Iran, Turkey and Their Position in New Political Structure of Middle East

Wednesday, June 11, 2014

Elyas Vahedi
Expert on Turkey and Caucasus Affairs

The recent visit to Turkey by the Iranian President Hassan Rouhani took place in response to a previous visit to Iran by the Turkish Prime Minister Recep Tayyip Erdogan in early 2014. The reciprocal visits reduced the diplomatic stagnation in the two countries’ relations and caused a thaw in mutual ties between Tehran and Ankara. Following the establishment of the new Iranian administration, which was accompanied with clear signs of a change in Iran’s foreign policy approaches, Turkish statesmen welcomed Iran’s developments and did their best to make the most of this opportunity.

Turkey’s increased willingness to improve relations with Iran and promote bilateral ties comes at a time that Ankara needs Iran’s assistance under the current political conditions in Syria and Iraq and also needs Tehran’s support for the resolution of certain regional issues such as the current situation in Egypt. Turkey has different viewpoints on these issues compared to Saudi Arabia, but Ankara believes that its positions are closer to Tehran. This state of affairs clearly proves that the incumbent Turkish politicians are trying to further strengthen relations with Iran as a result of their profound understanding of Iran’s conditions and also because they predict Iran’s regional influence to greatly increase in future. Presence of about 10 key members of the Islamic Republic of Iran’s cabinet in the delegation that visited Turkey and holding a session of the two countries’ joint economic commission or joint cabinet (which has been described by Turkish analysts as high strategic council) shows that Iran has also taken a positive approach to efforts made by Turks to get closer to Iran. The government of Turkey had previously taken advantage of joint cabinet sessions in its diplomatic relations with other countries during past years. Although this experience was not successful in Turkey’s relations with Syria and Iraq, there is hope that future outlook for cooperation between Iran and Turkey would be better than the other two cases. This is true because Iran’s conditions are totally different from Syria or Iraq and on the contrary of those governments, Iran, like Turkey, has been a major player in regional developments and in many cases it has even initiated certain regional political games.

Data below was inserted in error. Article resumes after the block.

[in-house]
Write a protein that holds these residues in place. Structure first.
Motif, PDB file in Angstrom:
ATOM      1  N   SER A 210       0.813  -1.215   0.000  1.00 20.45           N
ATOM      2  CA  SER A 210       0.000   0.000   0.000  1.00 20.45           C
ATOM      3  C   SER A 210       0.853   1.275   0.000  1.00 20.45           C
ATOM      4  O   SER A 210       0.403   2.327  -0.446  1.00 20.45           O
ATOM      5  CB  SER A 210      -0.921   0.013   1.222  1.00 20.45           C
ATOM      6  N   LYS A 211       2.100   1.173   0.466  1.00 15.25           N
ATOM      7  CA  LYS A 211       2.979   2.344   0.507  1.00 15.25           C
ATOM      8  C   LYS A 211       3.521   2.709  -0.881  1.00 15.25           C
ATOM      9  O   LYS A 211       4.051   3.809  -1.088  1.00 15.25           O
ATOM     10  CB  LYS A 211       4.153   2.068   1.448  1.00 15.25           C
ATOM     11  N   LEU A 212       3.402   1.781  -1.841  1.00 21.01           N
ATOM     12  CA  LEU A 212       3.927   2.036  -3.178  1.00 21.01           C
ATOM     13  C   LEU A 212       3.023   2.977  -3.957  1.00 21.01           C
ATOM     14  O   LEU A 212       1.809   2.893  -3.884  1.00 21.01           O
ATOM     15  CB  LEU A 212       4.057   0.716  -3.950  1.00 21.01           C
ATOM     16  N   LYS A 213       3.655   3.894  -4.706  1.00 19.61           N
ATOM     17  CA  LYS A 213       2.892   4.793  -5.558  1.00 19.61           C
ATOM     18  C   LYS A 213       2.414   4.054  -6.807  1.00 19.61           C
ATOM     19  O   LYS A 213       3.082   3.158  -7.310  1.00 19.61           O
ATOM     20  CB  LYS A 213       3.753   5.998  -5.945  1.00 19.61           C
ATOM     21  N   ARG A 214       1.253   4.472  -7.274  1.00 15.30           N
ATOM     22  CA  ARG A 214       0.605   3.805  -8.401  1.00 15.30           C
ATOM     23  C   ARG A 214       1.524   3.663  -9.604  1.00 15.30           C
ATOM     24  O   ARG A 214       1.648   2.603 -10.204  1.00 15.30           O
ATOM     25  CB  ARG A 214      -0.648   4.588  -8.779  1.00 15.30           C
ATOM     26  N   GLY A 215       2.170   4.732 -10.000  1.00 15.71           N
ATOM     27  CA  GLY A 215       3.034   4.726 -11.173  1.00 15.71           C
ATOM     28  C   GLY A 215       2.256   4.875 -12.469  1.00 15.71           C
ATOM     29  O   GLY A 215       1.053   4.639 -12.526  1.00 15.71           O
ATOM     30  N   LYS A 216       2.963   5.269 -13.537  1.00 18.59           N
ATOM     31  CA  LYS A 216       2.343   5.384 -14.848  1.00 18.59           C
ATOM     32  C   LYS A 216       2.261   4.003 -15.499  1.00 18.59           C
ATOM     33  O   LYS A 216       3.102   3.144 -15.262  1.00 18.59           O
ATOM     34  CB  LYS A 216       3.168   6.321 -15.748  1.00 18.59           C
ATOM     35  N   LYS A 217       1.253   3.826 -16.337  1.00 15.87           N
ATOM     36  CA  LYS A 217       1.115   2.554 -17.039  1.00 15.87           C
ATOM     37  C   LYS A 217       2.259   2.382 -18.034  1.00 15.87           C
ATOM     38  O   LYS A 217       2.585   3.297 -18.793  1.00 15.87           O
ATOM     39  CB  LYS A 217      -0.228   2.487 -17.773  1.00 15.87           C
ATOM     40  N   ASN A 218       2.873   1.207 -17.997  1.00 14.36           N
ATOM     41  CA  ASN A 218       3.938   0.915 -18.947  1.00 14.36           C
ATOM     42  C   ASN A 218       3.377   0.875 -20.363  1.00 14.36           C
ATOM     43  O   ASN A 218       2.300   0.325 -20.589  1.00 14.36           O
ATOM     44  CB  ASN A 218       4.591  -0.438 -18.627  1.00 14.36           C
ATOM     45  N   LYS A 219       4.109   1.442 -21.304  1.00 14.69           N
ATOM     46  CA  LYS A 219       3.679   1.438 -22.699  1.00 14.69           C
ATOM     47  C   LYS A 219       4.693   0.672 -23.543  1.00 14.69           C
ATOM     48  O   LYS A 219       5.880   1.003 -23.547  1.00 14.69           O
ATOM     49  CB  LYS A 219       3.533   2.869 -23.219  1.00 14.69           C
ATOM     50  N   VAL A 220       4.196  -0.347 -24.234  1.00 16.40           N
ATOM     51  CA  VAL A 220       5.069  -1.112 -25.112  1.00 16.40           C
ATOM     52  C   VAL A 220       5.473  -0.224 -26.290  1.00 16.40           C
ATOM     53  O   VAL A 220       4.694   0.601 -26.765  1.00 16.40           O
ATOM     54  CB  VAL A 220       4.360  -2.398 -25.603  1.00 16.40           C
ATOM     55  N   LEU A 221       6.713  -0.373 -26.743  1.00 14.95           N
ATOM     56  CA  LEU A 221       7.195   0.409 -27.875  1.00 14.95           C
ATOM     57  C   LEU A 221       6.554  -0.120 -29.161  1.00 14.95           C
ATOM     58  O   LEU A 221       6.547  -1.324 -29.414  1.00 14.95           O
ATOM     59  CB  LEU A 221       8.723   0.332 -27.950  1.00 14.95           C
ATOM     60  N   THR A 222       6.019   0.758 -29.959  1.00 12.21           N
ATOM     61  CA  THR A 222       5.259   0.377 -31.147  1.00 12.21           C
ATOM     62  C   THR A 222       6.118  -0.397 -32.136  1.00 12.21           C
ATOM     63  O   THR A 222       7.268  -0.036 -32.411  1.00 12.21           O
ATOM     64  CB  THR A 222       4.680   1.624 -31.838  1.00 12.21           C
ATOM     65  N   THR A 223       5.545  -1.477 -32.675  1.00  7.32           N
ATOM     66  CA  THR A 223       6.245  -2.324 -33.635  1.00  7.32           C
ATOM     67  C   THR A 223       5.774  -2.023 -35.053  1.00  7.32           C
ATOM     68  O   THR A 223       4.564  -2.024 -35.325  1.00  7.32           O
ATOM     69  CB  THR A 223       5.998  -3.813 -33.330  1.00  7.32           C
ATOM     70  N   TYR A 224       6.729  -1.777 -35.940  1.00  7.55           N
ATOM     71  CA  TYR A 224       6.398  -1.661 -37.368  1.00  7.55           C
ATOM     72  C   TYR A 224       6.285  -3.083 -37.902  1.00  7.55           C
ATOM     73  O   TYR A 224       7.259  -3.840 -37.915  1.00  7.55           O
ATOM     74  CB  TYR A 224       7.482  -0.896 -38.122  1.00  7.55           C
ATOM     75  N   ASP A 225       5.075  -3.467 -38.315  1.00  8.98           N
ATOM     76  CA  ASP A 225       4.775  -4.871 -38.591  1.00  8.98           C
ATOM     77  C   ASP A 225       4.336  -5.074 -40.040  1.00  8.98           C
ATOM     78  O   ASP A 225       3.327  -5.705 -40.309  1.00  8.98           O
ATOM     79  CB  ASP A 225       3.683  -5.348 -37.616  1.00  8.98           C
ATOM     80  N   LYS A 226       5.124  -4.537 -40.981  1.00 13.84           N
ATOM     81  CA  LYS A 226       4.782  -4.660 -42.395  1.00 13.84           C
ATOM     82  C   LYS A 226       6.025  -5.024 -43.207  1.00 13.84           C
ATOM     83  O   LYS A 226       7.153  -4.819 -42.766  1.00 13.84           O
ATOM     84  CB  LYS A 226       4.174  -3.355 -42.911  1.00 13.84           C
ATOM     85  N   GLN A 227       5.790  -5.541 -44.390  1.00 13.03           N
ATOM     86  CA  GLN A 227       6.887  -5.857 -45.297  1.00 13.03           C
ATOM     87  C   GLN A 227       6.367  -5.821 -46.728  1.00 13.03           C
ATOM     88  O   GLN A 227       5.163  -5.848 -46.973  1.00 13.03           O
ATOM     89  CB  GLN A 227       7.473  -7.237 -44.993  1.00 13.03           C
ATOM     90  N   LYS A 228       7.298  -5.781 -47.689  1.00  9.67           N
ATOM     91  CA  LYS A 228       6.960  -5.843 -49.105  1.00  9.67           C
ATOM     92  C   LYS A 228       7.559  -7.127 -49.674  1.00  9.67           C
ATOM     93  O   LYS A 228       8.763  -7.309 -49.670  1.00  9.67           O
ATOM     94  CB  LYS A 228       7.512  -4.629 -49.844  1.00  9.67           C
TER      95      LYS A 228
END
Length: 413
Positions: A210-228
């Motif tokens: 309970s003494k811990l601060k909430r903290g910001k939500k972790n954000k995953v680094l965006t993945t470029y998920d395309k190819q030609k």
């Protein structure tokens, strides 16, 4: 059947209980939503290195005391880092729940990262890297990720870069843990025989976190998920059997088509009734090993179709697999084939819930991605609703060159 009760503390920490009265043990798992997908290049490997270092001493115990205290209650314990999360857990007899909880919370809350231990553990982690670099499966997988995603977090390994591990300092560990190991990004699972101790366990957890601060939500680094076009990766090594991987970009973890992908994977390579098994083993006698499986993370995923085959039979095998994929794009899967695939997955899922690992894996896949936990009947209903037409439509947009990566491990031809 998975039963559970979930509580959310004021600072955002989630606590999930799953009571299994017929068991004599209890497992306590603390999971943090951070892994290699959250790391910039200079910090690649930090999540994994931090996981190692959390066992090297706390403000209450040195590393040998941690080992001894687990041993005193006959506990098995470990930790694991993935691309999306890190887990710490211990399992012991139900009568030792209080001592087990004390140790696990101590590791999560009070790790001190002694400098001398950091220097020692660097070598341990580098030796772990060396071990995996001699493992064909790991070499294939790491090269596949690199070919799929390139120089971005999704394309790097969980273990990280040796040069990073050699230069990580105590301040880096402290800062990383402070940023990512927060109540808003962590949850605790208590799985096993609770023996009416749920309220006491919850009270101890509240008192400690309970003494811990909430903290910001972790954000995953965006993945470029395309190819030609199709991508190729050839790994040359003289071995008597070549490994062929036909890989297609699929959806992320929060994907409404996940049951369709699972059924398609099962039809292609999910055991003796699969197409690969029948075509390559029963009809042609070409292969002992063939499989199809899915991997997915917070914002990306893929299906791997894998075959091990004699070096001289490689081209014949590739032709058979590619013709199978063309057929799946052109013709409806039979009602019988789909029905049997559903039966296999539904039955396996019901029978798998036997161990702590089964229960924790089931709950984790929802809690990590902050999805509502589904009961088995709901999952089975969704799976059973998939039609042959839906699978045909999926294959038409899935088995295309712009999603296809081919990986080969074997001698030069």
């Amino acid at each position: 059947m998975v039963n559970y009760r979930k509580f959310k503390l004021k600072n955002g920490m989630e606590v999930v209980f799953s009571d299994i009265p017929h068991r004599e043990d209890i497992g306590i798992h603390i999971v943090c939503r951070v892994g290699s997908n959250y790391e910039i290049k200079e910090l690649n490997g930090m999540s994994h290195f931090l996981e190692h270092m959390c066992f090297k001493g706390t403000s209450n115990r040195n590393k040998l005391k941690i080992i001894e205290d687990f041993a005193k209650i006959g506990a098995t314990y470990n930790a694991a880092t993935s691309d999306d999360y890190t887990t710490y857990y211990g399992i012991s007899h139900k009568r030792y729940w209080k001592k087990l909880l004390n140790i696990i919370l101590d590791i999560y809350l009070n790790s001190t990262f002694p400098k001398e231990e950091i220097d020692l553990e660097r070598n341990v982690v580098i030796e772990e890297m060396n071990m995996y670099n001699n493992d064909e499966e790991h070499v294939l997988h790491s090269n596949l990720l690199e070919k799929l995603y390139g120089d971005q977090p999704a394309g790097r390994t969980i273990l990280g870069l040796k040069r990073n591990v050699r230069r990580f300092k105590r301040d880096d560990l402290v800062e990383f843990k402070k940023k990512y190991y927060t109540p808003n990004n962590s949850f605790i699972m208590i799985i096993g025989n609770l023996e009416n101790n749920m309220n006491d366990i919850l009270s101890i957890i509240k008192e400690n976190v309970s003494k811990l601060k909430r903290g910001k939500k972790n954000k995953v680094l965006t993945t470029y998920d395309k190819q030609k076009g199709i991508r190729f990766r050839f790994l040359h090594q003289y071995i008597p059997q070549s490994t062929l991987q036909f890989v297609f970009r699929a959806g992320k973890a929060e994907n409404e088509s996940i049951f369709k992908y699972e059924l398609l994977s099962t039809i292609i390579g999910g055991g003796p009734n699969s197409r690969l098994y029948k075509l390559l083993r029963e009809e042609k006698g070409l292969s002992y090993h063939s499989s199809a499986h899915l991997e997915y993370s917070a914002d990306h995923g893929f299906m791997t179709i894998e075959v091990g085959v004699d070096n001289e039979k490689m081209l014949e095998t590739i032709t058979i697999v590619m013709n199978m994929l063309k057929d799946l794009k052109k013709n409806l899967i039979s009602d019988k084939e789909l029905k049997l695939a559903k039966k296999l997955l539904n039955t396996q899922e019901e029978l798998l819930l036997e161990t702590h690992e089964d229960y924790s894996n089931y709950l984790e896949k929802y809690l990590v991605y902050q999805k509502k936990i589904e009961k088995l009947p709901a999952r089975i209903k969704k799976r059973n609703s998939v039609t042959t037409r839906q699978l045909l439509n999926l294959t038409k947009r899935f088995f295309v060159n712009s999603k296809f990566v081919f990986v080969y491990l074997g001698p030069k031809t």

Characteristics of new political structure in the region

In view of the ongoing situation in Syria, Iraq and Egypt, and also taking into account the changes that have come about in Iran’s foreign policy following the election of the country’s new president and in view of the stable conditions in Turkey following recent elections of local councils and parliaments, one may claim that the entire region of Middle East and certain peripheral areas including North Africa are moving toward a new kind of political structure. In this new structure, the role of regional powers, especially Iran and Turkey, will most probably increase in parallel to declining influence and role of transregional forces, especially the United States. Many analysts have confirmed that the United States has decided to reduce its direct presence and role in the Middle East and pay more attention to other strategic regions, especially Asia-Pacific region. Under these circumstances, there is no doubt that the power and influence of Iran and Turkey will continue to rise in the region. As a result, these two countries have decided to further boost their power through interaction and synergism instead of competing with each other for gaining new spheres of influence in the region. Of course, the region is not devoid of other rivals. Some other regional players such as Israel, Saudi Arabia, Bahrain and the military government in Egypt will be dissatisfied with increasing power of Iran and Turkey, especially when these two regional powers decide to work together and attract some other regional players such as Qatar.